Edward Hatter, Executive Director of the Potrero Hill Neighborhood House (NABE) and longtime advocate of the Terrace-Annex community, knew John for years. Remembering John, he states “we say goodbye to John Smith, a true friend and neighbor. And a true community leader.”
Peter Linenthal, Director of the Potrero Hill Archives Project mentioned above, explains that John was always very generous in sharing his memories of Potrero Hill, also stating, “he was such a nice guy, friendly, a big man with a big heart.”
John’s daughter Kiowa remembers her father as a man of love and discipline who took time with his children, teaching them about how to nurture both themselves and the broader world in which they lived. John was a walking encyclopedia, she says, and had a constant stream of knowledge to share with her. Recalling his love of animals, especially dogs, she also remembers that he never showed fear of anything in the world. Even in his last moments, John was thinking about his daughter and other loved ones, telling them not to worry about him.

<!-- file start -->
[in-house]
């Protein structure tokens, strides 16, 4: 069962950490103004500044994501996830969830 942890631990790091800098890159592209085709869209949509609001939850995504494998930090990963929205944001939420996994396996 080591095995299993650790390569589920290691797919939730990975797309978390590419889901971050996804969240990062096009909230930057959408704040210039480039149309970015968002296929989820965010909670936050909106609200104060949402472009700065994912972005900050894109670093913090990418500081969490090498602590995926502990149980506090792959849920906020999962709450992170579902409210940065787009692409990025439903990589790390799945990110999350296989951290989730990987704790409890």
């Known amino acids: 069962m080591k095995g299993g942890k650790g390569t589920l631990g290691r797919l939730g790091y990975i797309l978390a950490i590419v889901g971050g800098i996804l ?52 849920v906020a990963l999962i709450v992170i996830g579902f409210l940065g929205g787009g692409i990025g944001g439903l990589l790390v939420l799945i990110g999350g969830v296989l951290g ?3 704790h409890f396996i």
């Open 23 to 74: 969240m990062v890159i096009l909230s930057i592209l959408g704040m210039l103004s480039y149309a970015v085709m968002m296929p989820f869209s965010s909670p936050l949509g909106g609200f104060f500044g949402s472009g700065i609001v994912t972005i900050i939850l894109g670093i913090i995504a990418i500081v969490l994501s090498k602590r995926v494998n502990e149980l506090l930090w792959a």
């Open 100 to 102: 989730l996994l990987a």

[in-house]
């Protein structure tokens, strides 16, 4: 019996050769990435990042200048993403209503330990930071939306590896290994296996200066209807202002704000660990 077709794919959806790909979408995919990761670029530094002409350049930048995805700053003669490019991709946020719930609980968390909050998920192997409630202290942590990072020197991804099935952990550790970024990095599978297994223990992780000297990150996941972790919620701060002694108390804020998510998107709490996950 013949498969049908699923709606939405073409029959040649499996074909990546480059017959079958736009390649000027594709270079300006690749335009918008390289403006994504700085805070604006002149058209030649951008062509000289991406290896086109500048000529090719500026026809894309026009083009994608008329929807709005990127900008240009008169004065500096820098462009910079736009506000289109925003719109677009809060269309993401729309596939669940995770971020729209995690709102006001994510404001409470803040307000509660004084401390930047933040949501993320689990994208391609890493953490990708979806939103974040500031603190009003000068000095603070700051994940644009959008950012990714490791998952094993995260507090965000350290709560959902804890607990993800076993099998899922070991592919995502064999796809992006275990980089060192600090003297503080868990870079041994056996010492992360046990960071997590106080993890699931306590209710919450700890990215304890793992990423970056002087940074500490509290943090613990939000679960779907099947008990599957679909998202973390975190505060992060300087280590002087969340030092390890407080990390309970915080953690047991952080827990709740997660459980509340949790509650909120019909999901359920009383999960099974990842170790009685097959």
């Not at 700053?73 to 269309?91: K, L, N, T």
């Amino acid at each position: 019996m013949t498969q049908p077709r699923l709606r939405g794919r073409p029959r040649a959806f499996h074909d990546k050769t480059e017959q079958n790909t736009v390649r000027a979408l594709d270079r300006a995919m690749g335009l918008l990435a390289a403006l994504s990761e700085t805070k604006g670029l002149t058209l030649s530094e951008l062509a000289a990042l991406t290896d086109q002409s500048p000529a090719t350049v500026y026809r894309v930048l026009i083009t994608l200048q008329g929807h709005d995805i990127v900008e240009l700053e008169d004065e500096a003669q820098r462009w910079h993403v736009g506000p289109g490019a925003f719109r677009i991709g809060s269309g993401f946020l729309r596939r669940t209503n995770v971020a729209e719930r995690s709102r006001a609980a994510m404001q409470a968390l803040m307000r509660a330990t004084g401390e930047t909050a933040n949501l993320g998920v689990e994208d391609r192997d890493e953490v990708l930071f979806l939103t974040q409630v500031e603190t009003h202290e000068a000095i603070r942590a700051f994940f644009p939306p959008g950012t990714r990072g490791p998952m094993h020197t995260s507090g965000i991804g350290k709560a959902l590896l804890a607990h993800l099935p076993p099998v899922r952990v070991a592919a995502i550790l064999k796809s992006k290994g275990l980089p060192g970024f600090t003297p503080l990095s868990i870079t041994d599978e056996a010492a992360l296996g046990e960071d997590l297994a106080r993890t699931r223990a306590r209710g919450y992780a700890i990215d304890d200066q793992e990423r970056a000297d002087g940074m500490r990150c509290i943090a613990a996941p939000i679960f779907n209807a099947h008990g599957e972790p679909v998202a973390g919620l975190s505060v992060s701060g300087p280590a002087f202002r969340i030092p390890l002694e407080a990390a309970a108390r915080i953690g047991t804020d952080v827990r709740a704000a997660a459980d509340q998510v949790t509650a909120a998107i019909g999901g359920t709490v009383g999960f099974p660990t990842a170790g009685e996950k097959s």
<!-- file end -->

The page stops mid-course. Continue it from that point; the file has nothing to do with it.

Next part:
We remember John, “The Mayor of Potrero Hill,” for his strength, kindness and laughter, as well as for the powerful way that he stood up for his community.
Anna Hennessey is a San Francisco based writer and author. An advocate of the Potrero Hill Terrace and Annex community, she is co-founder of the San Francisco Birth Circle, a support group for mothers and families in Potrero Hill. Hennessey’s other writings about Potrero Hill Terrace and Annex for the San Francisco Bay View Newspaper include: Starr King Elementary, segregation and wealth and Brenda Kittrell (1955-2020): Advocate for public housing community. Hennessey may be reached at email@example.com or through her website: annahennessey.com.